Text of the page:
Typically an anticlimax, the two Climax Series are just the quarterfinals and semifinals of a tournament that culminates in the Japan Series. Still, the CS marks the end of four teams' seasons, and the changes those ends bring to some of those in uniform.
In a perfect world, the ends of players careers or a manager's last day in uniform would be opportunities for organizations, players and fans to join together in an outpouring of affection. It's great if teams recognize their own and honor them, but the very best endings are those with a minimum of stage managing.
Saturday's Climax Series clinchers saw a pair of big names bow out as the Chunichi Dragons' Kazuyoshi Tatsunami played his last game and Katsuya Nomura managed his last game for the Tohoku Rakuten Golden Eagles.
Tatsunami's farewell was simple but poignant. Seventh on Japan's all-time hit list with 2,480 and first in doubles, Tatsunami came to the plate in the top of the ninth inning to a rousing ovation from the entire crowd of 46,535 in the Yomiuri Giants' home park.
"Even though I didn't get a hit, I felt no regrets," said the 40-year-old Tatsunami, a five-time Golden Glove winner who has been the Dragons' pinch-hitting specialist since 2006.
"Getting that applause from the Giants' fans made me particularly happy, it was out of the ordinary."
It was a fitting and appropriate curtain call for a player of his stature. Nomura's farewell in Sapporo Dome was also fitting and appropriate, but for the wrong reasons.
Nomura said a year ago this would be his last with the Eagles. When 2009 became a banner season for the fledgling franchise, he must have expected the club to offer him another contract. But it turned out to be yet another example of how success has not brought Nomura the respect he believed he deserved.
A perfectionist and caustic agent of change in the dugout, Nomura has been fired twice due to off-field troubles related to his current wife, Sachiyo. In his second managing gig, Nomura managed the Yakult Swallows for eight seasons. A year after his fourth league title and third Japan Series championship, he split to manage the Tigers.
He built up Hanshin's talent base but finished last in three straight seasons. Before he could make it four, he resigned when his wife was arrested for tax evasion.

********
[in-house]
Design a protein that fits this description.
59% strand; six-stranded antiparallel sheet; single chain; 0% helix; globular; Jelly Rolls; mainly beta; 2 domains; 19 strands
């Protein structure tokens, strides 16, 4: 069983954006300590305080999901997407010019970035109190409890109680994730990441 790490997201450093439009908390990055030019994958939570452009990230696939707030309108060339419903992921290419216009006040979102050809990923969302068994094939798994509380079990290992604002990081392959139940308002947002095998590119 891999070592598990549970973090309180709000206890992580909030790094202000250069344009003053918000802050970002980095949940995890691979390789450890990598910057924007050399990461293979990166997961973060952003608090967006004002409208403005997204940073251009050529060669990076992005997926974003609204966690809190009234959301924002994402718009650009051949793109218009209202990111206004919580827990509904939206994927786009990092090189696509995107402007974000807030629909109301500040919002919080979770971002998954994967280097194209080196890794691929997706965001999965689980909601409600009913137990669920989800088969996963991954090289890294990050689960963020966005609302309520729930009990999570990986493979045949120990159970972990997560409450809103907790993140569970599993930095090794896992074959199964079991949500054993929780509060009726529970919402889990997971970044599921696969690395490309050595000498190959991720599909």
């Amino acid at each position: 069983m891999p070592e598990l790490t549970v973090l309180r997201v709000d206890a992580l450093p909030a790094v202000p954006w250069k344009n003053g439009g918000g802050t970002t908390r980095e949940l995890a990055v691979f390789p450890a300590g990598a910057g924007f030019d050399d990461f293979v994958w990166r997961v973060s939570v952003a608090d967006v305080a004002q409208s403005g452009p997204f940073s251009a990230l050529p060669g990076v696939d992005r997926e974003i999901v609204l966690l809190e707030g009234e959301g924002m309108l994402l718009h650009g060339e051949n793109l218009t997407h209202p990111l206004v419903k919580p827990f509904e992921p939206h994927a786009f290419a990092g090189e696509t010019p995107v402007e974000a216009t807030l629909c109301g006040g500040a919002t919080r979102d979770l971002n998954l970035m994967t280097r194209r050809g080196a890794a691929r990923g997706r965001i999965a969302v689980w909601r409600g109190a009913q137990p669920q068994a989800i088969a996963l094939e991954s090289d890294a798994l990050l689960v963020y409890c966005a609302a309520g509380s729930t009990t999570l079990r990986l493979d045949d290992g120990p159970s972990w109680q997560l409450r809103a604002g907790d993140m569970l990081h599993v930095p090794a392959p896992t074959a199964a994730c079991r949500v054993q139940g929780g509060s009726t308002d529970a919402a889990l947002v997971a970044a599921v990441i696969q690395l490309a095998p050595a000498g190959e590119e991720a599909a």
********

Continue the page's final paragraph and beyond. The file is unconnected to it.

Nomura excels at reviving the careers of out-of-favor veterans, allowing him to fill roles with freely available players. He has gotten amazing performances from talented young pitchers--although none of those youngsters, with the exception of Kazuhisa Ishii, has been effective after the age of 27. With the Eagles he oversaw a dramatic talent growth that resulted in a second-place finish this autumn.
The Eagles finished sixth in his first year in charge and followed that with a fourth and then a fifth. This year's finish raised hopes Nomura might be asked back. But it was not to be. The organization was content to let him go.
Whatever the reason, the decision to cleanse the club of Nomura's influence was likely meant to free front office paper-pushers from Nomura's criticism and give them peace of mind. It certainly had nothing to do with results in a business where success should supersede office politics but do not.
As much for his success and skill, Nomura has become an icon for his wit and his fondness for using it to shred those who don't meet his expectations.
"I love Rakuten," said Nomura, who is all about results and will do anything to win. "It's the front office I can't abide."
The late Dale Carnegie once said: "Success is getting what you want. Happiness is wanting what you get."
So after his club failed in the Climax Series, Nomura got a joyous finish, a spontaneous outpouring of emotion from fans and all the men in uniform from both the Eagles and the Series-bound Hokkaido Nippon Ham Fighters, who all joined to give the skipper a ceremonial toss.
They saw what Rakuten did not: Nomura deserved better. And they gave it to him. And for once this Climax indeed came with a happy ending.